Story continues below advertisement

Introducing such sharp change in Toronto would not be easy. Police commanders and union leaders naturally resist seeing their duties handed to other, less-trained workers. Although much police work these days may indeed by a kind of social work, those like Mr. McCormack argue that police often find themselves in dangerous situations and that shootings and stabbings are still unfortunately commonplace on the streets of the city.

The rising costs of policing has complex sources. Some of it comes from leapfrogging labour arbitration awards. Some of it comes from rising demands on police, who face more paperwork and other complications that stem from new accountability standards. It isn't all the fault of stick-in-the-mud police practices and it certainly isn't all the fault of Bill Blair.

Still, Mr. Mukherjee is right to press for a genuine transformation. Others are beginning to take up the challenge. Mayoral candidate David Soknacki, for one, is rolling out a series of proposals, including a new shift structure, to control costs. Let the debate begin.

Report an error Editorial code of conduct
Due to technical reasons, we have temporarily removed commenting from our articles. We hope to have this fixed soon. Thank you for your patience. If you are looking to give feedback on our new site, please send it along to feedback@globeandmail.com. If you want to write a letter to the editor, please forward to letters@globeandmail.com.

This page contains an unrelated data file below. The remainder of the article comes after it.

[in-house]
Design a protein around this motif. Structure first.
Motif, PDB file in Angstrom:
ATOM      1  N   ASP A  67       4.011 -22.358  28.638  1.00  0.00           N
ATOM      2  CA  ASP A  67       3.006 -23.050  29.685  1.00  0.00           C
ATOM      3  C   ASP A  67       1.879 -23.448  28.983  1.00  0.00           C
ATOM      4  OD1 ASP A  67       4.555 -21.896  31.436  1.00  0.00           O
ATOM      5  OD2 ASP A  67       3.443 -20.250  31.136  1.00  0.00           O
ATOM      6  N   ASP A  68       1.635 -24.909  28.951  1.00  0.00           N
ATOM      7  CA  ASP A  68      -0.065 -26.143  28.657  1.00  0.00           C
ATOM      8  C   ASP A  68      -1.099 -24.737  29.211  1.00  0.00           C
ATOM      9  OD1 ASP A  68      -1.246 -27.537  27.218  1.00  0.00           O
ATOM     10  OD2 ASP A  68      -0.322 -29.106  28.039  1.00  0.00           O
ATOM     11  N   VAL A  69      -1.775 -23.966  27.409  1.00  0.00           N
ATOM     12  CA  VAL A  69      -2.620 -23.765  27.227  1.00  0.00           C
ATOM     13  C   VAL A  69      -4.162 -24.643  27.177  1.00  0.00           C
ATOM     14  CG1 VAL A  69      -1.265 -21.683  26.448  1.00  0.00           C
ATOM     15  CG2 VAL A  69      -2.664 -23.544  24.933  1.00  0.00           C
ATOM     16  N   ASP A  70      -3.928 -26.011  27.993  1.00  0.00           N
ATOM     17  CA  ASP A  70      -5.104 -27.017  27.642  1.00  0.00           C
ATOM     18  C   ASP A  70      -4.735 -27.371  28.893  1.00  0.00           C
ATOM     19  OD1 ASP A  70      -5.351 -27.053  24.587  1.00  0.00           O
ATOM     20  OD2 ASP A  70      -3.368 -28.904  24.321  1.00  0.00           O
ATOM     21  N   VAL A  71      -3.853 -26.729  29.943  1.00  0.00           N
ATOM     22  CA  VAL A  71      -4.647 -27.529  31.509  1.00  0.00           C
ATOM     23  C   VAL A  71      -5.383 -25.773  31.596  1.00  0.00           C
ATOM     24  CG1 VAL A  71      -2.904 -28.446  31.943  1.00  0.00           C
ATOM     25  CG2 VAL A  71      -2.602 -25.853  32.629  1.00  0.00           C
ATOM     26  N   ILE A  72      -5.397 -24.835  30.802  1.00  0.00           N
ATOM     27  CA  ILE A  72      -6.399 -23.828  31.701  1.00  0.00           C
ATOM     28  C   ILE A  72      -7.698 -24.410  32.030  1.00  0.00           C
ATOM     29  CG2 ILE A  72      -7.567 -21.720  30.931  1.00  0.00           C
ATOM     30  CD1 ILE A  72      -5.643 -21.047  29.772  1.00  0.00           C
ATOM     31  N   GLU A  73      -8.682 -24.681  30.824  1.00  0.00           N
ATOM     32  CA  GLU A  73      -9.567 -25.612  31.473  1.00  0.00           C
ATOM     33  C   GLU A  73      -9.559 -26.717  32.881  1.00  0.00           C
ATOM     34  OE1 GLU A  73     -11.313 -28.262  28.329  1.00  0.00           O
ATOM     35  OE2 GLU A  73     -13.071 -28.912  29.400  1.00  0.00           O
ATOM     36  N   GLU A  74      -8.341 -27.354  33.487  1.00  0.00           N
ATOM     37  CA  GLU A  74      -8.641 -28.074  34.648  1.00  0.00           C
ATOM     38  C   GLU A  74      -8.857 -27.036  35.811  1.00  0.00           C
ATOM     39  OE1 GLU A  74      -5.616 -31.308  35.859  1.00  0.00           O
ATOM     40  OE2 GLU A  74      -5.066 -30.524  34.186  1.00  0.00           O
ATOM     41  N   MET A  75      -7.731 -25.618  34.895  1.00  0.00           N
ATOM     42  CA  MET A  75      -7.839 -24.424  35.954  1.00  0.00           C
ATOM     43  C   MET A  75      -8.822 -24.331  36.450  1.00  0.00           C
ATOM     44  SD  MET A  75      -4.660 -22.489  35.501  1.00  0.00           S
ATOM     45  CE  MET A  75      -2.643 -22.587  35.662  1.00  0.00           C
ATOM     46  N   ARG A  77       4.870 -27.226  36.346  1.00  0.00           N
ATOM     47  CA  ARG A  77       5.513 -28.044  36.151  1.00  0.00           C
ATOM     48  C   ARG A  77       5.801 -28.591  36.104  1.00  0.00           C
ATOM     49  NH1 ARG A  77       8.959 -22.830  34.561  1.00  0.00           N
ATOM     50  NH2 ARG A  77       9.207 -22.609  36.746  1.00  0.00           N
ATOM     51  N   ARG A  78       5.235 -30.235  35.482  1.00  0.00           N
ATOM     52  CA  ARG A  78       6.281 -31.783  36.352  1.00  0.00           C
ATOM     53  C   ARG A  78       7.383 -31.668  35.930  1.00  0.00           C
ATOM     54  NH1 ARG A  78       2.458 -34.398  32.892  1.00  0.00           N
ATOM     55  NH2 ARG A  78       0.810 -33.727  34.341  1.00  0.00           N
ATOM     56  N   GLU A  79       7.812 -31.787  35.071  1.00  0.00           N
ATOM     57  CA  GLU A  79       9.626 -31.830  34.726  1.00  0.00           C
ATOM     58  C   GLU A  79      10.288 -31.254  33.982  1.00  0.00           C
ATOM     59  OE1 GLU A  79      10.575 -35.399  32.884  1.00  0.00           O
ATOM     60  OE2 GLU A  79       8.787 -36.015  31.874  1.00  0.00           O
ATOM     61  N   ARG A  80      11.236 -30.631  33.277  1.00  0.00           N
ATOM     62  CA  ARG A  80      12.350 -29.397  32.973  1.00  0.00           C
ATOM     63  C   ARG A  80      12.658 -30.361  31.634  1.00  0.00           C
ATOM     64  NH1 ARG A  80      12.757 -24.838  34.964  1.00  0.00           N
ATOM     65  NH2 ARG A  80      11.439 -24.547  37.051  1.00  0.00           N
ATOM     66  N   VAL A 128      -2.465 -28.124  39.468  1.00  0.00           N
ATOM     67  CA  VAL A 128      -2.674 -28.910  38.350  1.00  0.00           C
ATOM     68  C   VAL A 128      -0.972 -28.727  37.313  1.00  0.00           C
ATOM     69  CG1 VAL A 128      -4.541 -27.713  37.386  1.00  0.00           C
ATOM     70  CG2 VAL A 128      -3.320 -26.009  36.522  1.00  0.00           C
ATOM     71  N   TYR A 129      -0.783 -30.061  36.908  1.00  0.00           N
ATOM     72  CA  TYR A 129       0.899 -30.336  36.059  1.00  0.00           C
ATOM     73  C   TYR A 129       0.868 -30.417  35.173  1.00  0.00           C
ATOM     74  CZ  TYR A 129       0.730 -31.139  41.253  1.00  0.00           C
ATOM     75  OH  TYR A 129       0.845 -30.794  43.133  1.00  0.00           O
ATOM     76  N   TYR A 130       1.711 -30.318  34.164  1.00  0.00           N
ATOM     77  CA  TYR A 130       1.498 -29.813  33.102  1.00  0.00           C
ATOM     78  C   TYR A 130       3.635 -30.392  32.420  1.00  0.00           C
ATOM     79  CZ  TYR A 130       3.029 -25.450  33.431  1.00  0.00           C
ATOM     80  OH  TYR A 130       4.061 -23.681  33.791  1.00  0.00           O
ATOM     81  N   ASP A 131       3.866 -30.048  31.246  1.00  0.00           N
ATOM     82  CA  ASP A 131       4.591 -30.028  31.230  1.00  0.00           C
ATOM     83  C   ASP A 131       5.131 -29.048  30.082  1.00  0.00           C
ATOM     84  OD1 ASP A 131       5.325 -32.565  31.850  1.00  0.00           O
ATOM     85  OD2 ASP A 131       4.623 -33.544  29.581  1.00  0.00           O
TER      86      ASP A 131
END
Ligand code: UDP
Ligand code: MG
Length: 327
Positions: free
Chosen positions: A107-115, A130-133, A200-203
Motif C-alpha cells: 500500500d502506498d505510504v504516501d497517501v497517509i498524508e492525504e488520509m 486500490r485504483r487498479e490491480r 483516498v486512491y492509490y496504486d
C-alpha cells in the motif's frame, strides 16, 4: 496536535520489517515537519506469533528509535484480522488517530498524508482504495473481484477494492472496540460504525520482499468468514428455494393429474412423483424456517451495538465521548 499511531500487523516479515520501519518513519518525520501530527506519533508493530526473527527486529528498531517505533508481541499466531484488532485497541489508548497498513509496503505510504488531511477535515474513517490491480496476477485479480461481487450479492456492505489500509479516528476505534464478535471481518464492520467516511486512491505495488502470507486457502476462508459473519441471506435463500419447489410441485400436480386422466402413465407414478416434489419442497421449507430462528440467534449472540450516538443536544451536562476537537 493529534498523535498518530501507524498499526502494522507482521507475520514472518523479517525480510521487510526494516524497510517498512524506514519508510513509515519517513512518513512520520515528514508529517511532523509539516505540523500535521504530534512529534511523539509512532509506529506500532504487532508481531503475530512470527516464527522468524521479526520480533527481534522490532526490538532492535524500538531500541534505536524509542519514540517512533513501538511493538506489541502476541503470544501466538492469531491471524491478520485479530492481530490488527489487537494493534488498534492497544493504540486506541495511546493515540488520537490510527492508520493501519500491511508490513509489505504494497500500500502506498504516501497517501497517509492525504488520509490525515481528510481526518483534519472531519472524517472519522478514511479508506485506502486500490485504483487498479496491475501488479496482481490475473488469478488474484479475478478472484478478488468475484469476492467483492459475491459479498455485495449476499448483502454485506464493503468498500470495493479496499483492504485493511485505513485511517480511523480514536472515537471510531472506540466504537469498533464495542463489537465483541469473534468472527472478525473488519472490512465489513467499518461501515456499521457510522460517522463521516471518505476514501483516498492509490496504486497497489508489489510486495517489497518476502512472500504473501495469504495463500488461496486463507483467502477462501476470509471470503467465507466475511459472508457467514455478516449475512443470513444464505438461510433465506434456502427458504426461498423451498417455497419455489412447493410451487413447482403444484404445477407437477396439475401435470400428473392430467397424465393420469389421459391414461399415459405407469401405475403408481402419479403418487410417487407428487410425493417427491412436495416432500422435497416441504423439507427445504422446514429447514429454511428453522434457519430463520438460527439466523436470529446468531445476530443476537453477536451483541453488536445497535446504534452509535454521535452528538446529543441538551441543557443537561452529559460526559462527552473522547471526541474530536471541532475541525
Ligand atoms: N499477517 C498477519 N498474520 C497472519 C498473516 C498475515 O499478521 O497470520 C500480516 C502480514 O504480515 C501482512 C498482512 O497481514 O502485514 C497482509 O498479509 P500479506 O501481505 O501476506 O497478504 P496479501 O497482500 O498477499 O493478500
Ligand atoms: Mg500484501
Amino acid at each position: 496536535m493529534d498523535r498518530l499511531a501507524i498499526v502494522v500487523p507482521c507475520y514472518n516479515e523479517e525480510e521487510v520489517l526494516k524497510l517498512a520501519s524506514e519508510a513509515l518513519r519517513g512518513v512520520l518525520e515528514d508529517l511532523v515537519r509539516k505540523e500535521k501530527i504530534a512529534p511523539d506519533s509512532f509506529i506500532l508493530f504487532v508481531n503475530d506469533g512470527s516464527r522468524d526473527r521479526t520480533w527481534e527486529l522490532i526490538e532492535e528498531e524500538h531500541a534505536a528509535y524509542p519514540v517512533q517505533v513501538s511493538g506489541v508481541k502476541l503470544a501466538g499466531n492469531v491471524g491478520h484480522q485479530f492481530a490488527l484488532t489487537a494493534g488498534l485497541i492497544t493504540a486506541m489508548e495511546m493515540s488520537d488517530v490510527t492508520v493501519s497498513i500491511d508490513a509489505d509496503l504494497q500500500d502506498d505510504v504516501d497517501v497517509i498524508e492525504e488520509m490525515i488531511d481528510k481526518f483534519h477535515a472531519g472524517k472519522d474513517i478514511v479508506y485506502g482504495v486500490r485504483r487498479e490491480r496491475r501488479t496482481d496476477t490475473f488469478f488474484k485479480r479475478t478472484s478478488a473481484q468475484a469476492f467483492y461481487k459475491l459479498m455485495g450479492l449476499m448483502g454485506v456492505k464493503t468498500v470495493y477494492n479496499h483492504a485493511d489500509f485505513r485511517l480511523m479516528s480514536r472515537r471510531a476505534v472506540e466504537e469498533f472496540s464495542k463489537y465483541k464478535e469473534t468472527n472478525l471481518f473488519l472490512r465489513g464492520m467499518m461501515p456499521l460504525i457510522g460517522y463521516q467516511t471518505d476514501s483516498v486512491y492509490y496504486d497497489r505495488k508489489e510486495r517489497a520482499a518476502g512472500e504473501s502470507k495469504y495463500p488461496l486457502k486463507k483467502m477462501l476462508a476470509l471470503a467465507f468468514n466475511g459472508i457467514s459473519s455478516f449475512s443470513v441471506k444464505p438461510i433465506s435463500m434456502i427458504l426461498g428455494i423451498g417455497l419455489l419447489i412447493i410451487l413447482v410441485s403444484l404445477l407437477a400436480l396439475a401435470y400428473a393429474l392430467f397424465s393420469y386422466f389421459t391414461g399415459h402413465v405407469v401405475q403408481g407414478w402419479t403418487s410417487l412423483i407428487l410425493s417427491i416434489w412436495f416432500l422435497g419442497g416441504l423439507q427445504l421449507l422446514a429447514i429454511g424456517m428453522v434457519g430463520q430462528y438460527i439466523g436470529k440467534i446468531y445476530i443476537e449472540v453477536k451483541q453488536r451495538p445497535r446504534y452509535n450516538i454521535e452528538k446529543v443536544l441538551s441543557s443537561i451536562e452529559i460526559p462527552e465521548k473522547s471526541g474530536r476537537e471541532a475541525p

Welcome to The Globe and Mail’s comment community. This is a space where subscribers can engage with each other and Globe staff. Non-subscribers can read and sort comments but will not be able to engage with them in any way. Click here to subscribe.

If you would like to write a letter to the editor, please forward it to letters@globeandmail.com. Readers can also interact with The Globe on Facebook and Twitter .

Welcome to The Globe and Mail’s comment community. This is a space where subscribers can engage with each other and Globe staff. Non-subscribers can read and sort comments but will not be able to engage with them in any way. Click here to subscribe.

If you would like to write a letter to the editor, please forward it to letters@globeandmail.com. Readers can also interact with The Globe on Facebook and Twitter .

Welcome to The Globe and Mail’s comment community. This is a space where subscribers can engage with each other and Globe staff.

We aim to create a safe and valuable space for discussion and debate. That means:

  • Treat others as you wish to be treated
  • Criticize ideas, not people
  • Stay on topic
  • Avoid the use of toxic and offensive language
  • Flag bad behaviour

Comments that violate our community guidelines will be removed.

Read our community guidelines here

Discussion loading ...

To view this site properly, enable cookies in your browser. Read our privacy policy to learn more.
How to enable cookies